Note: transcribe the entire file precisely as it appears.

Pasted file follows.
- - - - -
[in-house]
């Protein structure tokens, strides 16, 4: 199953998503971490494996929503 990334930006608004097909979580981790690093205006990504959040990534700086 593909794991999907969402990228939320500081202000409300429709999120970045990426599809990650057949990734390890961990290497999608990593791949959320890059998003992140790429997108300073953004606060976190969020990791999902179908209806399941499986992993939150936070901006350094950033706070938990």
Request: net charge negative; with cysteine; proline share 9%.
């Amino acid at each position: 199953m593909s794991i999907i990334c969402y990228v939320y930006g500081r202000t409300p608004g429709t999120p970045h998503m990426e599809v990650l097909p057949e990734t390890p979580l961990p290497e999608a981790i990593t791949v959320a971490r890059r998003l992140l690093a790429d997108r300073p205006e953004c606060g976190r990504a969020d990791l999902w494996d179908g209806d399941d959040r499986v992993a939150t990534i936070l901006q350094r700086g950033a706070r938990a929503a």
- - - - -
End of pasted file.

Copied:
[in-house]
């Protein structure tokens, strides 16, 4: 199953998503971490494996929503 990334930006608004097909979580981790690093205006990504959040990534700086 593909794991999907969402990228939320500081202000409300429709999120970045990426599809990650057949990734390890961990290497999608990593791949959320890059998003992140790429997108300073953004606060976190969020990791999902179908209806399941499986992993939150936070901006350094950033706070938990």
Request: net charge negative; with cysteine; proline share 9%.
């Amino acid at each position: 199953m593909s794991i999907i990334c969402y990228v939320y930006g500081r202000t409300p608004g429709t999120p970045h998503m990426e599809v990650l097909p057949e990734t390890p979580l961990p290497e999608a981790i990593t791949v959320a971490r890059r998003l992140l690093a790429d997108r300073p205006e953004c606060g976190r990504a969020d990791l999902w494996d179908g209806d399941d959040r499986v992993a939150t990534i936070l901006q350094r700086g950033a706070r938990a929503a």